AN INTRODUCTION TO CRACKING A treatise for the neophytes in t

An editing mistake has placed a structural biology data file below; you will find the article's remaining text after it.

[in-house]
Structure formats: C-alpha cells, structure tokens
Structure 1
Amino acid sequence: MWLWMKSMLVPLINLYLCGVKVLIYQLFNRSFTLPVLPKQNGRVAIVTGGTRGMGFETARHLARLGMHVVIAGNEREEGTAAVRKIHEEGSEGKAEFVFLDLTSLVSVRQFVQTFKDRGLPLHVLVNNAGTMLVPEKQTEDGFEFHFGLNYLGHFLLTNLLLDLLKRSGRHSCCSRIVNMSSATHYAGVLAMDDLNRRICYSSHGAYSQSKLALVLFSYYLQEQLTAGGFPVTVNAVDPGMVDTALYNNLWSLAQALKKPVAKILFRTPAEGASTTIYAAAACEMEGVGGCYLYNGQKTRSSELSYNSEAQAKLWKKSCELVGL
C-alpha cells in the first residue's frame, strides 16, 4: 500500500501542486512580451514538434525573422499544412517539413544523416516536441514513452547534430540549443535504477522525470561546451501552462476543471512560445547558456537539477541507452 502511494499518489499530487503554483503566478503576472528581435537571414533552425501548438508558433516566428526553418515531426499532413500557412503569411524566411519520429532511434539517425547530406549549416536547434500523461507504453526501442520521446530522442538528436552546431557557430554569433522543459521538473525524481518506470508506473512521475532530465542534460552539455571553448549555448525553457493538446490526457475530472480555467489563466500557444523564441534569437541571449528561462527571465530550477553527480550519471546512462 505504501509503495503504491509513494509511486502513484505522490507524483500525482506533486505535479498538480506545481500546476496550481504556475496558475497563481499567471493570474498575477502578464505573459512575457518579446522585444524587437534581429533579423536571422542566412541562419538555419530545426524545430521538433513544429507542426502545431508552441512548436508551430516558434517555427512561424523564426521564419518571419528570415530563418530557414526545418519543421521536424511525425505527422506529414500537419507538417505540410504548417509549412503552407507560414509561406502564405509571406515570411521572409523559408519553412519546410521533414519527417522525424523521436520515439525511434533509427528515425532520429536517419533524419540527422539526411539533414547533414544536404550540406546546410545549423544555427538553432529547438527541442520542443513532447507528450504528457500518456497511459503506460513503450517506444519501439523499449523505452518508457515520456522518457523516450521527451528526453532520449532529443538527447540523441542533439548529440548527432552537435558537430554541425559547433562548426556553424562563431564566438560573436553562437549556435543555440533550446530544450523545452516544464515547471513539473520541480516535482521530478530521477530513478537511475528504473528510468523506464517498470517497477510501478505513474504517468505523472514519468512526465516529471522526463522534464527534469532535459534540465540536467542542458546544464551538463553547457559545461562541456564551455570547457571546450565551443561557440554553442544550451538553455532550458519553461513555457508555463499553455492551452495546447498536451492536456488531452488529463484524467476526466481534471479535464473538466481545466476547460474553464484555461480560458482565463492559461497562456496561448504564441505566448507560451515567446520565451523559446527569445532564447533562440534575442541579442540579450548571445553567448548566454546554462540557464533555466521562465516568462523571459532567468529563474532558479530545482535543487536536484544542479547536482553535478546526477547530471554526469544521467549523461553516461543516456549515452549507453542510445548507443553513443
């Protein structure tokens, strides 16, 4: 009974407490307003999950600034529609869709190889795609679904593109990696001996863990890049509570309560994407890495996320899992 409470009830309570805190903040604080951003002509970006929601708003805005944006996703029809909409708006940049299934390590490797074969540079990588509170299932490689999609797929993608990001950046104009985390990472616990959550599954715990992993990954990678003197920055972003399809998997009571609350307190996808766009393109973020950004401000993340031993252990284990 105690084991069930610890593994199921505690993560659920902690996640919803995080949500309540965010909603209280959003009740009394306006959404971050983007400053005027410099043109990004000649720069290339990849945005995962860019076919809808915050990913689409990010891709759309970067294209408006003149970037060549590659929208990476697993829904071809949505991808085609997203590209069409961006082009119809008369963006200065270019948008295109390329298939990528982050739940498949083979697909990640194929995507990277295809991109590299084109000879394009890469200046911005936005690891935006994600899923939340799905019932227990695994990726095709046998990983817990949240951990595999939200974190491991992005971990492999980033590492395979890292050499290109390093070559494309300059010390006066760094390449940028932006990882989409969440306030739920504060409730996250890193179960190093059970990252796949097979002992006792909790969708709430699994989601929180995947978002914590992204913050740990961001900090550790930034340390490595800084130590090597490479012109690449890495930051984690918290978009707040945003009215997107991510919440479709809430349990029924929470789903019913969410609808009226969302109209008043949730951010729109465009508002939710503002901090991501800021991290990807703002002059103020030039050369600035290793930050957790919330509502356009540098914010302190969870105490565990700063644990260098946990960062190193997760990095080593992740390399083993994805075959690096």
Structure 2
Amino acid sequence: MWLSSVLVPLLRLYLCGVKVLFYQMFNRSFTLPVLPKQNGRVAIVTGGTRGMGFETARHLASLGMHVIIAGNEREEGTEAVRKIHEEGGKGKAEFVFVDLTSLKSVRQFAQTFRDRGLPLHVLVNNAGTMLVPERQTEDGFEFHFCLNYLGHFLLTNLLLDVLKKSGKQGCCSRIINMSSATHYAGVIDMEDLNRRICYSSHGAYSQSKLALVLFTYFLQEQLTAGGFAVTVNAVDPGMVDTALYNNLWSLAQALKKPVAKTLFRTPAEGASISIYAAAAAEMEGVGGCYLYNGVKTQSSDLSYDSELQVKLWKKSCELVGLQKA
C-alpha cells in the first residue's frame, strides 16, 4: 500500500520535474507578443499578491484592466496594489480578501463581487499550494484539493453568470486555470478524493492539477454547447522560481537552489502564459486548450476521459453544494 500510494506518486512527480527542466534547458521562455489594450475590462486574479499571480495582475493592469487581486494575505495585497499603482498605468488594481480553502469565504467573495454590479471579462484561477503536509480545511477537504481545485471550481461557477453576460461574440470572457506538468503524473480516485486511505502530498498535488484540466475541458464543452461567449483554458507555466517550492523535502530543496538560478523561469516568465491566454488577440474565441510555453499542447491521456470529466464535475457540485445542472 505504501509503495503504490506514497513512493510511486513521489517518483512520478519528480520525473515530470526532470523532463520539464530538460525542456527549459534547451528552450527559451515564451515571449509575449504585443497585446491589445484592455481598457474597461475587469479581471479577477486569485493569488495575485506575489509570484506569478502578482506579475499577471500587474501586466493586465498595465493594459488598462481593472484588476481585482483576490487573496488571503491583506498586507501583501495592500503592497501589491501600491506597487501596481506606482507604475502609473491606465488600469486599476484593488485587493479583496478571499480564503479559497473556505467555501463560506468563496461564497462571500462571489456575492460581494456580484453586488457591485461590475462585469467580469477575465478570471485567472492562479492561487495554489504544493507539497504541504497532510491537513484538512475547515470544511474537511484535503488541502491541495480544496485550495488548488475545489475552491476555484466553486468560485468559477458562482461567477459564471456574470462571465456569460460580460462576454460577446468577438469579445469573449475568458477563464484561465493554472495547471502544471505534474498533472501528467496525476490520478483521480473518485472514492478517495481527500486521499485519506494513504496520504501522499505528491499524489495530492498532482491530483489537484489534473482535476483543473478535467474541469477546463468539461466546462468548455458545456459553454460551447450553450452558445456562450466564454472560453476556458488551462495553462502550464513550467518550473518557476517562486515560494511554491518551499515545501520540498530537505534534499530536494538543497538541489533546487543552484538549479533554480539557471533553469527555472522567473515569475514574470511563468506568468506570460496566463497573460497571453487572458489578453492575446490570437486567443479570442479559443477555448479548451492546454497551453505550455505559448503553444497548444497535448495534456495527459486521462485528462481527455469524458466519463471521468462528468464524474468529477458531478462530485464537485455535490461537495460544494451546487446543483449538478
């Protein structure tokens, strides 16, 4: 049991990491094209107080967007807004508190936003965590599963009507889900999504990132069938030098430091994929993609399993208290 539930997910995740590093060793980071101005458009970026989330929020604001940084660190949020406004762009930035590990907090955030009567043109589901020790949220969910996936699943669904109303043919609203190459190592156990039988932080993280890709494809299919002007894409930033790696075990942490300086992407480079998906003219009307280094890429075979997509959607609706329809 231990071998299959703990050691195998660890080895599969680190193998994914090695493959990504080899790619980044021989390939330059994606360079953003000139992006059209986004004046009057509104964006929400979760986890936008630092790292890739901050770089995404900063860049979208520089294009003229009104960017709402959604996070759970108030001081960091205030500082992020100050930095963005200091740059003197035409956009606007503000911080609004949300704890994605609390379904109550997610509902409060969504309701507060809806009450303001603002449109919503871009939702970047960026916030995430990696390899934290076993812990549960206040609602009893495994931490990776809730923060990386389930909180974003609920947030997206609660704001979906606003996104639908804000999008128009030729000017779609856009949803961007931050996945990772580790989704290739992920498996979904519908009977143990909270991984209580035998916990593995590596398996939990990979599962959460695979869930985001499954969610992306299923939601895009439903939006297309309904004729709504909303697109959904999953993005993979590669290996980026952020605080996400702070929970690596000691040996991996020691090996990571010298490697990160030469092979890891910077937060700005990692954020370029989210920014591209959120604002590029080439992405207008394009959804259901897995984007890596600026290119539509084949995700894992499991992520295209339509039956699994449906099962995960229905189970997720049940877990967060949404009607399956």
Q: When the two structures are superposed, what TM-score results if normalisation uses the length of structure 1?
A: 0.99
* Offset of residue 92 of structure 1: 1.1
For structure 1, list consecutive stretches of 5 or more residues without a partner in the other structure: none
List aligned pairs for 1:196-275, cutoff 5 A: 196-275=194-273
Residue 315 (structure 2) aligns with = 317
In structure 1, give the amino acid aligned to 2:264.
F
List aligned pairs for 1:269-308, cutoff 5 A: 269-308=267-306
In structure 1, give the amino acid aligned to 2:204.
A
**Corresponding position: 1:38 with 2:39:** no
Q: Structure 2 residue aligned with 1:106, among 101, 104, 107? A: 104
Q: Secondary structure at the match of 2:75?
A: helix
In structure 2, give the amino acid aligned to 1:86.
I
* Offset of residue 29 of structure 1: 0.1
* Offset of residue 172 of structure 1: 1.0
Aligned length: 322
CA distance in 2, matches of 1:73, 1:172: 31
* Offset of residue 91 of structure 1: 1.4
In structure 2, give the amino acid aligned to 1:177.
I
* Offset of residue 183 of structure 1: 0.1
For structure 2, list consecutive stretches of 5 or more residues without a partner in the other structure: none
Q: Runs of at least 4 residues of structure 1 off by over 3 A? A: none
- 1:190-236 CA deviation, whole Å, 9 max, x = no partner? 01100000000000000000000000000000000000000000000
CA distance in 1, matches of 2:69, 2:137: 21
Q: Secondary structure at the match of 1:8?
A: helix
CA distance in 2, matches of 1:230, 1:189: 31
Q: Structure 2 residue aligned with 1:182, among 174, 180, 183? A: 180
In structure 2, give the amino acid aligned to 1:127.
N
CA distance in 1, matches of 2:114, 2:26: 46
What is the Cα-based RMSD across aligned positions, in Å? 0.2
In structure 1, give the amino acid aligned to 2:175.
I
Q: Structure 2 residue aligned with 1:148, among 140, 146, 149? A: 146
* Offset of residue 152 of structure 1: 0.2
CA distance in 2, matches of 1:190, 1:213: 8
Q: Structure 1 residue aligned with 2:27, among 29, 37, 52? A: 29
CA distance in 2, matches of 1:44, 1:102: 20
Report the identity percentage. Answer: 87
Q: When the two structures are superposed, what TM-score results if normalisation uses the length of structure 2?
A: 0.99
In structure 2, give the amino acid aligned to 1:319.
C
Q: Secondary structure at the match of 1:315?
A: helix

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>>>>>>>>>>>>>>>>>>>>>>>>>>>>>>>>>>>>>>>><<<<<<<<<<<<<<<<<<<<<<<<<<<<<<<<<<<<<<< >> << >> AN INTRODUCTION TO CRACKING << >> << >> A treatise for the neophytes in the Apple world, << >> who are full of questions with no one to answer << >> them. << >> << >> by The Necromancer << >> << >>>>>>>>>>>>>>>>>>>>>>>>>>>>>>>>>>>>>>>><<<<<<<<<<<<<<<<<<<<<<<<<<<<<<<<<<<<<<< Greetings to all, and welcome to the wonderful world of Apple software unprotection! Those of you who are long-established hackers and crackers, you will probably not find a lot herein to spark your interest (although you can never be sure) -- this is especially for those new to the field. This does not necessarily mean that you don't know how to program -- there are many people who are experienced programmers, but have never really gotten into the unprotection racket. In fact, knowing how to program is necessary if you're going to get very far in cracking software. There is no help for it, since the whole point is undoing something that someone else did! There are a few 'tools of the trade' which, although not absolutely necessary, will make your life a whole lot easier if you have them around. These tools include as one of the most helpful items a monitor ROM. Like I said, it is not *absolutely* necessary, for basic cracking. But if you're going to get a whole lot done, it will become needed. In order to have a monitor ROM, however, you do *not* have to own an Apple II. Those of you with an Apple II+ or Apple //e can come by one in several ways. The first of these is putting a monitor ROM image in a language card, and write-protecting the language card. This is a somewhat involved hardware modification that I will not go into here, but instructions for it can be found in numerous places. Another way to get a monitor ROM is by simply buying one and installing it on your motherboard in place of your old Autostart ROM. Or, a similar modification, you can put it on your language card. Some of you may not know that your language card contains an Autostart ROM image, which actually takes precedence over the ROM on the motherboard. However, you can easily construct a switch, which will allow you to choose between your motherboard ROM and your language card ROM. Thus, you can put a monitor ROM on your language card and an Autostart ROM on your motherboard, and switch between them as you like. This is very handy indeed, since you can have either one you want, whenever you want, simply by flicking a switch. The uses of a monitor ROM will be discussed later on. In any case, the other handy items are all software. The most important of these is a disk Zap program, some utility for editing a disk sector-by-sector. The best one of these that I have come across is Zap, from Bag of Tricks. The other useful utilities are a variety of cracking utilities, from the various Muffin-type programs to other disk-viewing programs. The Muffins are for copying programs from protected disks to normal disks, and the disk viewers are for deciphering what on Earth these people have done to their disks. Now then, down to business. What good is a monitor ROM, some of you may be asking? Well, you should know that when you press reset on an Apple with an Autostart ROM, you are at the mercy of a few memory locations in page 3 of memory. These locations are $3F2-$3F4 (we are going to stick with hexadecimal numbers here -- get used to them, you'll be seein3fqof them!). $3F2 and $3F3 contain the address (lo-byte, hi-byte) to jump to when reset is pressed, and $3F4 contains the exclusive-or of the value in $3F3 with an $A5. This third byte is used by the Apple for checking whether it has just been turned on. If this byte does not contain the XOR of $3F3 with an $A5, when you press reset the monitor will perform a cold start. This is how you can make the machine reboot on a reset, by the way -- simply poke a value like zero into either $3F3 or $3F4. Anyway, what does all this have to do with a monitor ROM? Well, this dependency of the Autostart ROM makes it easy on software protectors. All they have to do is tell the Apple where to go when the reset key is pressed. With a monitor ROM, you will always go to the same place -- the monitor -- when the reset key is pressed. This means that you are free to go on in and wade about in their code, to decipher what they're doing. By the way, for reference's sake, there is another location which is handy to know about, which is the Applesoft run flag at $D6. If this is set, any command given to the DOS parser will cause the program in memory to be run. This is a common location to set, so if you are attempting to crack a basic program, it is likely to be set. To defeat it, simply set it to any value less than 128. With a monitor ROM, some programs become a cinch to crack. Basically, any single-loading program (usually games) can almost always be cracked simply by pressing reset and rebooting onto another disk. Some notes, however... Before you can do anything with it, you have to know how it runs. Say you've got Program X, and you've pressed reset into the monitor. It is a single-loading game, so all of it is in memory there somewhere. Where does it start? Good question. A frequent place is at $800, or sometimes $7FD, three bytes before $800. Try an 800G in the monitor. If it starts up, great! If not, time to look again. Try the various page boundaries, particularly $2000, $4000, $6000, etc. Check the hires pages with a C050 , C057 to see the first hi-res page. If it has a title picture, the program isn't there. Try C055 to see page 2 of hi-res. If there is a picture on page one and not on page two, $4000 is a very possible starting location. There are hints for finding the starting location of a program. Look for a sequence that will turn on the hi-res pages for display -- look for addresses like $C050, $C055, $C052, the graphics soft switches. Look for a keyboard read -- games will often show a title picture and wait for a keypress, reading the strobe at $C000. If none of these turns up an9thing, then it may be necessary to try some likely places at random -- it can turn up useful information sometimes, although it's not exactly recommended practice. Look for initialization routines, or jump tables. If all of this fails, then perhaps the protectors have tried some sneakier tricks, which will be gone into in later columns. Once you have found the starting location, then what? Then it's time to transfer the program to your own disk. Remember one of the prime rules of cracking -- when working, always have one or two blank, initialized disks handy, with a normal slave DOS on them. Let's say you have found the starting location to Program X -- what to do? Well, let's look at memory for a moment. Free memory starts, basically, at $800, above the text page (it is possible to use this area, but that's a subject for later), and goes until $9600, on a normal disk. However, it is more than likely that this disk you're cracking has no DOS. That upper limit of $9600 is for a disk with normal DOS. Assuming this program is a single-loading game, it undoubtedly has no DOS. Thus, this program is free to go until $BFFF, really. But if you boot your slave disk now, it will wipe out memory from $800 to $900, and $9600-$BFFF. Therefore, we must split Program X into smaller pieces. The first piece is from $800-$4000. To put it onto your disk, first move it up to protect it from your booting. Move it up to $4000 with a *4000<800.3FFFM. This moves everything from 800 to 3FFF to 4000 up. Then do a 6 to reboot. Now save segment one of the program to disk, after moving it down: CALL -151 800<4000.7800M BSAVE PROGRAM X (800-3FFF),A$800,L$3800 And you have a good part of the program. Now reboot the Program X disk, and press reset again. Now to save the rest. We are going to assume that Program X only goes up to $9600, to make life easy for now. So just reboot4again, and save part two of Program X with a BSAVE PROGRAM X (4000-9600),A$4000,L$5600. At this point, test your Program X by BLOADing the two pieces and running it. If it still works, you're in business. If not, the likelihood is that the program requires some other pieces of memory. Either the piece it needs is below $800, or above $9600, obviously. Try checking the code near the entry point, and see if you can find any clues to what locations it might access. In either case, though, it becomes more complicated, since you can't just BRUN something that requires memory below $400 or above $9600. If it does not use memory much above $9600, note that you can save over 1K with a maxfiles command, since from $9600 to $9D00 are the DOS buffers. Assuming the program works, you just have the chore of cutting down the size by figuring out what is really necessary of what you just saved. Once you have done that, you can just save the whole thing into a single file, give yourself credit, and give the program to everyone you know. One more item: if the program becomes greater than $7FFF in length, DOS will not let you save it in one file. Change location A964 in DOS to $FF and you won't have any problems (why this restriction is there, *I* don't know!). Next time I will get into DOS and what modifications there are to help in cracking........ May your cracks be forever successful! >>>>>>>>>>>>>>>>>>>>>>>>>>>>>>>>The Necromancer<<<<<<<<<<<<<<<<<<<<<<<<<<<<<<<< >> << >>>>>>>>>>>>>>>>>>>>>>>>>>>>>>The Cracker's Guild<<<<<<<<<<<<<<<<<<<<<<<<<<<<<<